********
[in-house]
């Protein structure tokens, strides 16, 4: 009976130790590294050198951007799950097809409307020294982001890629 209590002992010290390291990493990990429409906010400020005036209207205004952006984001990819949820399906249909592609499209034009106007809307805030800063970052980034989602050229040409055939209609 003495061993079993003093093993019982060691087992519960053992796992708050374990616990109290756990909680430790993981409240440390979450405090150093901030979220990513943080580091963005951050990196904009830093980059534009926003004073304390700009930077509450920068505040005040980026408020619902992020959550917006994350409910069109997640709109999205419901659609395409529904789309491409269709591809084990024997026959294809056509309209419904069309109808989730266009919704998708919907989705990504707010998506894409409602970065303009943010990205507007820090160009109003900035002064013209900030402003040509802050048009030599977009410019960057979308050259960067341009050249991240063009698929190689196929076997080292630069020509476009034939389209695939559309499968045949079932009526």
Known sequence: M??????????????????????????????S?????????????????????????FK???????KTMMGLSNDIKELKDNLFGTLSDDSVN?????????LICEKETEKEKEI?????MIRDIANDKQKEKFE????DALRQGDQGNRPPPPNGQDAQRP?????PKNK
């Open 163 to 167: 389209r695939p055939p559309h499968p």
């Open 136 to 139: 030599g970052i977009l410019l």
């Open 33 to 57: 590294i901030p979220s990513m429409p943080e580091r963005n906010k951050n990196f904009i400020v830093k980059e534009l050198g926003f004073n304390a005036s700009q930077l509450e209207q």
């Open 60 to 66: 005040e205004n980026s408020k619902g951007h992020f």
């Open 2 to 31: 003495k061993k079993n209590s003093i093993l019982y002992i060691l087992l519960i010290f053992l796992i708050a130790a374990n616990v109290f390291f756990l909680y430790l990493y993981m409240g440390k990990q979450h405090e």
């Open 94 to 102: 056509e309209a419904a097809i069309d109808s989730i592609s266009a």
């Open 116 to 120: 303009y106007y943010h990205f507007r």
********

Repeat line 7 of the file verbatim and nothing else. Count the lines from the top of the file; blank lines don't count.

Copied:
């Open 60 to 66: 005040e205004n980026s408020k619902g951007h992020f």